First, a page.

Making connections is also about events and activities that can help forge connections between the networks – and between the networks and the stakeholders. “For instance, we piloted a group mentoring program. JVS Toronto – one of our partners – has been doing group mentoring in various communities for years. We saw this as a great program that could be transported easily to professional immigrant networks. So JVS is training the trainers – one coordinator in each of the five pilot networks. This has been successful – with good employment outcomes – but it’s still early days. “
3) Leadership development – to empower and strengthen the voices of immigrant leaders and emerging leaders – is accomplished through PINs’ leadership development workshops on communications, governance for non-profit boards, and strategic planning and resource development. “Many participants realize early on that they might be the best engineer or doctor, but could benefit from leadership development,” says Sevilla. “Volunteer work doesn’t generally give access to this kind of training. We realized this is a huge area where we could lend a lot of support, so we invested in putting on a number of these workshops which have been really well-received.
“The second piece of our leadership development is actually strengthening the voice of immigrant leaders.
Many people – immigrants, stakeholders and the mainstream public – are not even aware that these networks exist. We want to be able to enable immigrant leaders, to position them in places where they can be spokespersons and have a voice in influencing programs and policies on immigrant employment.”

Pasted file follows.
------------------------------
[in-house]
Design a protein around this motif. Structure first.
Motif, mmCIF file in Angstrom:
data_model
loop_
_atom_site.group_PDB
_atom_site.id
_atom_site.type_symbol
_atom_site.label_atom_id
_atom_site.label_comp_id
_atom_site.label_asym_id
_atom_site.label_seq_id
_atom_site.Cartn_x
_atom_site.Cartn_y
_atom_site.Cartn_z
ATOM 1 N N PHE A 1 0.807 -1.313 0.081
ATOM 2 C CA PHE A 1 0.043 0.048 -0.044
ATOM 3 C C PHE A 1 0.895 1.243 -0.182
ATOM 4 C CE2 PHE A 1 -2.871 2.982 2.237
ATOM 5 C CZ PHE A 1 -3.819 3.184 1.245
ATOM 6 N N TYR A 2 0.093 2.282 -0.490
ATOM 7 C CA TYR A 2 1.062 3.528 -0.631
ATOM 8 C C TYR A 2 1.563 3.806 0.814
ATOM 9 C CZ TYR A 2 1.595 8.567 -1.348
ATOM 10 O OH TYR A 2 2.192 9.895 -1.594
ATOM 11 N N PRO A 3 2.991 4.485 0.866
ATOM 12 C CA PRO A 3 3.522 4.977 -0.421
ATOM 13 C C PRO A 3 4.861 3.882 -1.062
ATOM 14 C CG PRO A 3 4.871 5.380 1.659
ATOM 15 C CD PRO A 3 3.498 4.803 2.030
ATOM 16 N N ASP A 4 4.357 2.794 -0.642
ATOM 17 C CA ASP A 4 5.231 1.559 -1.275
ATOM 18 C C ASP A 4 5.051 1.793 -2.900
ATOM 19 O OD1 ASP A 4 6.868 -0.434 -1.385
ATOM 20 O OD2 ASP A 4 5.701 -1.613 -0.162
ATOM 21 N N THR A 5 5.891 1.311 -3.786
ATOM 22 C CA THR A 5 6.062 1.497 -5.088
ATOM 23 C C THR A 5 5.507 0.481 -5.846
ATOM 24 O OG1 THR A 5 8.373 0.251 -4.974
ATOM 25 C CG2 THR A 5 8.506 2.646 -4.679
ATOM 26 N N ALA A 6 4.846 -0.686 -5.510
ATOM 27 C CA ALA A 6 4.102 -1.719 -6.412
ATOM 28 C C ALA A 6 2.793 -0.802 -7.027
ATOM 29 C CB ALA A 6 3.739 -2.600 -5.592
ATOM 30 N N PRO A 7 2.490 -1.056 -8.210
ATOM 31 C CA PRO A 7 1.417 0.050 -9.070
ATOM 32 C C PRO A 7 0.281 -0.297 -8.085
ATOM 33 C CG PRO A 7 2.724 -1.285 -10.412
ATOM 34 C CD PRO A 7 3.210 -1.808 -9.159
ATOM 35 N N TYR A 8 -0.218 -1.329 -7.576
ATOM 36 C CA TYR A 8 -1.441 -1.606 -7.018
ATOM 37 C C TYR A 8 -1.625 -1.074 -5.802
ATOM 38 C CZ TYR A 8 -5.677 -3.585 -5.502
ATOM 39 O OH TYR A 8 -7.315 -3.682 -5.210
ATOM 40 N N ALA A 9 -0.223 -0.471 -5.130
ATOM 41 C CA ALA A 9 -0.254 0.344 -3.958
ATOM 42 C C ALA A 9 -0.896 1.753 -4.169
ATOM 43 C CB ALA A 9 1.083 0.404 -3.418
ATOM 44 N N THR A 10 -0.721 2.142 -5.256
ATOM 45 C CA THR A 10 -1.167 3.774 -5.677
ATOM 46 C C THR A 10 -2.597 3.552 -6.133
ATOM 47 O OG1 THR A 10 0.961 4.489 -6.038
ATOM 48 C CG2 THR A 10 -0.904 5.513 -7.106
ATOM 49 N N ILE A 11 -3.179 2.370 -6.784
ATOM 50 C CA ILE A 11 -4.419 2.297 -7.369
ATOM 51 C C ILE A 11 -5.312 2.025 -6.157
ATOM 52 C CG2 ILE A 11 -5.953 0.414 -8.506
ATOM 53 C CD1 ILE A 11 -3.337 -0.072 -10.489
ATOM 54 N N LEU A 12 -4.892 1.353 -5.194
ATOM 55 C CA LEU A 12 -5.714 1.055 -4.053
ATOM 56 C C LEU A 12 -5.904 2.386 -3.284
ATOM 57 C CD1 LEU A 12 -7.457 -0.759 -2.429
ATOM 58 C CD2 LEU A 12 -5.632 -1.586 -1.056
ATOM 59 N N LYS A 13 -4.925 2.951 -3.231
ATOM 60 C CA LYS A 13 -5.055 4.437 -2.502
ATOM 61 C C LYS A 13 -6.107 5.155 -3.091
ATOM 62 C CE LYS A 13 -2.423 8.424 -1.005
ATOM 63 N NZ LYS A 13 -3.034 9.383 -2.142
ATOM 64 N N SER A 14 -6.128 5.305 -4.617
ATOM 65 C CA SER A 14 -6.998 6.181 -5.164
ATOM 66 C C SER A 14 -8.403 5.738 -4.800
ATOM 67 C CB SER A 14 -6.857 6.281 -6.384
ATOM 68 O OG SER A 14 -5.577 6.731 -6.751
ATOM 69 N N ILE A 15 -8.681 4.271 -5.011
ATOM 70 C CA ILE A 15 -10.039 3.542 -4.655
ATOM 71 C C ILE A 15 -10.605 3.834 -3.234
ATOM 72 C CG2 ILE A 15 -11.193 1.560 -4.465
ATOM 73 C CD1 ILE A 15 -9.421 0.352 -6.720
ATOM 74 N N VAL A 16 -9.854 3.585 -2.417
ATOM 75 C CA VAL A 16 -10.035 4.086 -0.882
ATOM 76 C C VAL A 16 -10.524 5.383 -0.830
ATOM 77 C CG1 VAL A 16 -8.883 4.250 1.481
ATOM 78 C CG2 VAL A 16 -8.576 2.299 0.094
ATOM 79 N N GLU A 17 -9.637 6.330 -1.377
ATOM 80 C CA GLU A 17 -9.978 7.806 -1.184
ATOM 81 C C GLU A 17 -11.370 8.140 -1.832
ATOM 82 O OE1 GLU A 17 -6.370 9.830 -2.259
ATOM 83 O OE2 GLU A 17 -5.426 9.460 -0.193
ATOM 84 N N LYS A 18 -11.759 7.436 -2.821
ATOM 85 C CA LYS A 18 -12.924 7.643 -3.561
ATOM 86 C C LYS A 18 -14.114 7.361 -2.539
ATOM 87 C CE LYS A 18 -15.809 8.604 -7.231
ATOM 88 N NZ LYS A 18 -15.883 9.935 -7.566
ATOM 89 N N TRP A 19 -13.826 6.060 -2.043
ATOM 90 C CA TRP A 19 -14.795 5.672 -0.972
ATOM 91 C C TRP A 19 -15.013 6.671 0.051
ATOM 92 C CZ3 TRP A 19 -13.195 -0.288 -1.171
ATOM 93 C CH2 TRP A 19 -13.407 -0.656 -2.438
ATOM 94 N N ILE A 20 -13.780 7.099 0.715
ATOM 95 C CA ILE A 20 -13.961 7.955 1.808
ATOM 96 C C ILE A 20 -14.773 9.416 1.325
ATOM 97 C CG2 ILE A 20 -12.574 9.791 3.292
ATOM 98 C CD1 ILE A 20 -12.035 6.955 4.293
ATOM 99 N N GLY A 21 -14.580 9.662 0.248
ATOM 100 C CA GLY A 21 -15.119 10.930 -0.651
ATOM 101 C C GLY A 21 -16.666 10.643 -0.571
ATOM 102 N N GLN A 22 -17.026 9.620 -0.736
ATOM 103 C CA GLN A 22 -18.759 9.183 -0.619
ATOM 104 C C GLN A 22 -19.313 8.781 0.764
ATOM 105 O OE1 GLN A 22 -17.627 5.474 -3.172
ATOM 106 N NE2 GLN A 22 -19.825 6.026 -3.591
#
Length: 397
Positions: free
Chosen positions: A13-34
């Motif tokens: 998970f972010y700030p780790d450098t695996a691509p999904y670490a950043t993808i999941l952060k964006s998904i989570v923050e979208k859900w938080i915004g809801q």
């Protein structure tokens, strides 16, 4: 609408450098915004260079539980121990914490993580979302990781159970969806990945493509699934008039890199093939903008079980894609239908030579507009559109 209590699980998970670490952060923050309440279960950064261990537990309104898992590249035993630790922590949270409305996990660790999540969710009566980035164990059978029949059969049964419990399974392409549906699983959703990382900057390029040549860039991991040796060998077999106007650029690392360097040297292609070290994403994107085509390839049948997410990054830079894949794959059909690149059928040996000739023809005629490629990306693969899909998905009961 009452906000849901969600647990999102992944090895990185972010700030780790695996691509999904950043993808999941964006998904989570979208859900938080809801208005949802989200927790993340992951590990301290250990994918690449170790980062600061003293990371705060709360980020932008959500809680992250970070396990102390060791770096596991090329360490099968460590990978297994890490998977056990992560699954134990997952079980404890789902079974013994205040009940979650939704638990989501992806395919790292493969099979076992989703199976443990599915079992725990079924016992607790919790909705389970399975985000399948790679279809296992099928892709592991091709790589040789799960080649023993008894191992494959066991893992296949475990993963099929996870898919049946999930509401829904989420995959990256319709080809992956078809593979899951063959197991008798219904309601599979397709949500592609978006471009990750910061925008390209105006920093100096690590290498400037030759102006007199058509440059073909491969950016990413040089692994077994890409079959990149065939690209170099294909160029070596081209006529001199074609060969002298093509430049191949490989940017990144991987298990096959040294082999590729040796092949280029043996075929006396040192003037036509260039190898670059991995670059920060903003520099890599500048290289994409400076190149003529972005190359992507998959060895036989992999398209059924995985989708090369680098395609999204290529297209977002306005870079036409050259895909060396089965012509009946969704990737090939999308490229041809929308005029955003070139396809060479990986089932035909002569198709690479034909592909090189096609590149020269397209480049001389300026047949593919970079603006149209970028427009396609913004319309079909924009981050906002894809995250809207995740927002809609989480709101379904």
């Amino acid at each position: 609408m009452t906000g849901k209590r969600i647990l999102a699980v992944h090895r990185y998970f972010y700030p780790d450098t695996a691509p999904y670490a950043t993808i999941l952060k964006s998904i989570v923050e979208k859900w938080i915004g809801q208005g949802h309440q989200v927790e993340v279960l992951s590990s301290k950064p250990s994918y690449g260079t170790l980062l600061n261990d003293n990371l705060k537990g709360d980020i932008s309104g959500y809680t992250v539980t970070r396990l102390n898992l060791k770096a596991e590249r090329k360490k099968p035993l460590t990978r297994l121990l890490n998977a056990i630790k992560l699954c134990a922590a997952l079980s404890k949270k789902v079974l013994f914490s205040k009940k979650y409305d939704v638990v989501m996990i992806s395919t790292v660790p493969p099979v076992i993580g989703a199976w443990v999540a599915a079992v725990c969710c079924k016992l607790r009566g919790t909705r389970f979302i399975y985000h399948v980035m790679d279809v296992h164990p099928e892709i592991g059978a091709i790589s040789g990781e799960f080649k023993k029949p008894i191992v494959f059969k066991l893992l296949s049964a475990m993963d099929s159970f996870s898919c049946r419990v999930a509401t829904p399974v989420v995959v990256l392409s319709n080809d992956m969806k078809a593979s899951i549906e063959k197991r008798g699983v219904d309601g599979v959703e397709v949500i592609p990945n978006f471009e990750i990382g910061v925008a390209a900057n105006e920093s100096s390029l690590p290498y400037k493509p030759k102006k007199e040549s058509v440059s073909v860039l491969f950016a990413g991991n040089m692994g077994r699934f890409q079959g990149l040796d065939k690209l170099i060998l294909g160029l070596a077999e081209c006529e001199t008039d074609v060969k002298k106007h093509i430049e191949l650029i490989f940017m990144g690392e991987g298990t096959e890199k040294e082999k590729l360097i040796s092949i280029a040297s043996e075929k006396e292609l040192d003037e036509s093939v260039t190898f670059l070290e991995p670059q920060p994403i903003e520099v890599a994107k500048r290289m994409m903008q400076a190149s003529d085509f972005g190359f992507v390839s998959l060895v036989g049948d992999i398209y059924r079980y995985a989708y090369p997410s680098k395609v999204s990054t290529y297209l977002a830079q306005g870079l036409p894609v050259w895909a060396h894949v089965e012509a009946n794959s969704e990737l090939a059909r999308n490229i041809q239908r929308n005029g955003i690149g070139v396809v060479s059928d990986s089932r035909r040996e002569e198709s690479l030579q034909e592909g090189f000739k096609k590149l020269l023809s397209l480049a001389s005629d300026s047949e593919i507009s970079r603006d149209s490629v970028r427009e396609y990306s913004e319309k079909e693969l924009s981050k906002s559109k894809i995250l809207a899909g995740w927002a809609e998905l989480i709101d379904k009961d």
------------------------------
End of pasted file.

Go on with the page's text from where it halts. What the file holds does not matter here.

Sevilla’s internal roster of media spokespersons is short, but high in quality.
Taking The Vision Across Canada
ALLIES, Assisting Local Leaders and Immigrant Employment Strategies, is a partnership between Maytree and the J. W. McConnell Foundation. Before the formation of ALLIES, Maytree had been asked, because of their experiences with TRIEC, to help other communities across Canada come up with best practices to create multi-stakeholder collaborations focused on immigrant employment in their community. ALLIES originated as a way to create and strengthen these collaborations in communities across Canada.
This has given life to other Canadian Employment Councils. In Calgary, there’s CRIEC. In Edmonton, there’s ERIEC. In Waterloo there’s WRIEN (Waterloo Region Immigrant Employment Network). Other councils across the country include Montreal, Ottawa, London, Halifax and the provincial Immigrant Employment Council of BC. For links and details, see the ALLIES website alliescanada.ca/.
ALLIES has provided a bit of funding in the past, through a number of federal sources as well as the Maytree and McConnell Foundations. Through ALLIES, the executive directors meet periodically. Mentoring programs like TRIEC’s mentoring partnership program have emerged in multiple cities across Canada through the help of ALLIES. It really is about building coordination between communities.
ALLIES is very interested in the work being done at PINS. They hope to find the networks operating in other communities, and connect them to the network of networks that is being built in Toronto. As each community is different, the networks in their communities may serve slightly different purposes. But being a network of networks – the bigger PINs is, the more benefit there is to its members.
For more information, visit the PINs website at www.networksforimmigrants.ca/.